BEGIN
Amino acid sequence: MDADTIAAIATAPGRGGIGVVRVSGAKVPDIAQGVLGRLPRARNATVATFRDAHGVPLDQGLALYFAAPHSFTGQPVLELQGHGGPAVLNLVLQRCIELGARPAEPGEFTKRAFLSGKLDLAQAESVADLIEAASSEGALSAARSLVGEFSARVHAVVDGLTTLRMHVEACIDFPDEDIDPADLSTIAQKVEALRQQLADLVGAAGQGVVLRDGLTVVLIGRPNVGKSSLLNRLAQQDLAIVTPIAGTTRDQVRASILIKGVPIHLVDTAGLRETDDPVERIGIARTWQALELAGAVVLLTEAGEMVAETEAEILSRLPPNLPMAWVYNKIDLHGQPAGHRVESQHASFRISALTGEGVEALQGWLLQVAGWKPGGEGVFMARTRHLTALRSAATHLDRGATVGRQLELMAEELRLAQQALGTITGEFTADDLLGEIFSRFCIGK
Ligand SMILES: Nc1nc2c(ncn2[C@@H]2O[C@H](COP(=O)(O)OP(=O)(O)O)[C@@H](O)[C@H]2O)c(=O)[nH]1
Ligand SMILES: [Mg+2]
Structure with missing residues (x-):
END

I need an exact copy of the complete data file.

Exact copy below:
Amino acid sequence: MDADTIAAIATAPGRGGIGVVRVSGAKVPDIAQGVLGRLPRARNATVATFRDAHGVPLDQGLALYFAAPHSFTGQPVLELQGHGGPAVLNLVLQRCIELGARPAEPGEFTKRAFLSGKLDLAQAESVADLIEAASSEGALSAARSLVGEFSARVHAVVDGLTTLRMHVEACIDFPDEDIDPADLSTIAQKVEALRQQLADLVGAAGQGVVLRDGLTVVLIGRPNVGKSSLLNRLAQQDLAIVTPIAGTTRDQVRASILIKGVPIHLVDTAGLRETDDPVERIGIARTWQALELAGAVVLLTEAGEMVAETEAEILSRLPPNLPMAWVYNKIDLHGQPAGHRVESQHASFRISALTGEGVEALQGWLLQVAGWKPGGEGVFMARTRHLTALRSAATHLDRGATVGRQLELMAEELRLAQQALGTITGEFTADDLLGEIFSRFCIGK
Ligand SMILES: Nc1nc2c(ncn2[C@@H]2O[C@H](COP(=O)(O)OP(=O)(O)O)[C@@H](O)[C@H]2O)c(=O)[nH]1
Ligand SMILES: [Mg+2]
Structure with missing residues (x-):